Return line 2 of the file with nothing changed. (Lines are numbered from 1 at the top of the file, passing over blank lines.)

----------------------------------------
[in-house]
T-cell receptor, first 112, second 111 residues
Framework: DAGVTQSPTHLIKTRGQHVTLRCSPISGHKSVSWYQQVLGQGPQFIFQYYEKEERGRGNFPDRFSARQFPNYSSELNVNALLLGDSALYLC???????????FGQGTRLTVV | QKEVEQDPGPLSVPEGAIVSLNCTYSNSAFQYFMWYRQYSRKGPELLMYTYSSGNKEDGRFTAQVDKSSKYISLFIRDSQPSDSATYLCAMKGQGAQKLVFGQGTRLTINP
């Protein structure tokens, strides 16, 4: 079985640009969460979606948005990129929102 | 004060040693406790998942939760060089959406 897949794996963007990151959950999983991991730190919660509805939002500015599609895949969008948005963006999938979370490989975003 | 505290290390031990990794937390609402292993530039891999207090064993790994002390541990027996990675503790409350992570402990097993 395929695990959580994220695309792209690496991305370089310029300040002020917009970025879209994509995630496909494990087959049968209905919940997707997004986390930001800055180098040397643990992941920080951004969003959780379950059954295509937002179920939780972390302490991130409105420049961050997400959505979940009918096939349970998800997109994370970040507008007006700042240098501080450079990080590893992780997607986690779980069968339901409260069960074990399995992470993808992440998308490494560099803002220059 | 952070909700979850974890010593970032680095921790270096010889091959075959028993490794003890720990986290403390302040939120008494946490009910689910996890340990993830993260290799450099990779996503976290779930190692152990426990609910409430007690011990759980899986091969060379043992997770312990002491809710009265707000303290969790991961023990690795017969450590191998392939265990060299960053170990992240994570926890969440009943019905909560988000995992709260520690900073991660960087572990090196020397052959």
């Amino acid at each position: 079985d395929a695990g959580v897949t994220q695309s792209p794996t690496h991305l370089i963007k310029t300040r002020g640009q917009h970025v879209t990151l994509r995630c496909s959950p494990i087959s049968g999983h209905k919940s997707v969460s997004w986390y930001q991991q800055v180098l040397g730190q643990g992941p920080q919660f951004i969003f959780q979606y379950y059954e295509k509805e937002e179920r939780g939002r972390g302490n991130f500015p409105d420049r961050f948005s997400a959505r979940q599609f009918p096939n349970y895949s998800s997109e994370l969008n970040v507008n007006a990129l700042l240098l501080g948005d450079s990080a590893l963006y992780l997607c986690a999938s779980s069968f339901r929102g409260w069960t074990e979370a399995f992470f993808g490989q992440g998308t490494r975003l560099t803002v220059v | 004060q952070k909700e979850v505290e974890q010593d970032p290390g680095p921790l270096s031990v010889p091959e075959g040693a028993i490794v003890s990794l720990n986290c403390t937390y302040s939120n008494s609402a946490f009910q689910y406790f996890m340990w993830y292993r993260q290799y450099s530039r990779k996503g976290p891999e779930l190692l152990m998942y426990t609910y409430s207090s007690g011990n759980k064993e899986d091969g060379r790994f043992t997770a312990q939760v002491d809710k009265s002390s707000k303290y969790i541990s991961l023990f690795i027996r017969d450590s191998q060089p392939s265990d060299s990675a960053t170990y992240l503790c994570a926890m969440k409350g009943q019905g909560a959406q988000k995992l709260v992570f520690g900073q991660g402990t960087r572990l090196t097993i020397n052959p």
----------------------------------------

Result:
T-cell receptor, first 112, second 111 residues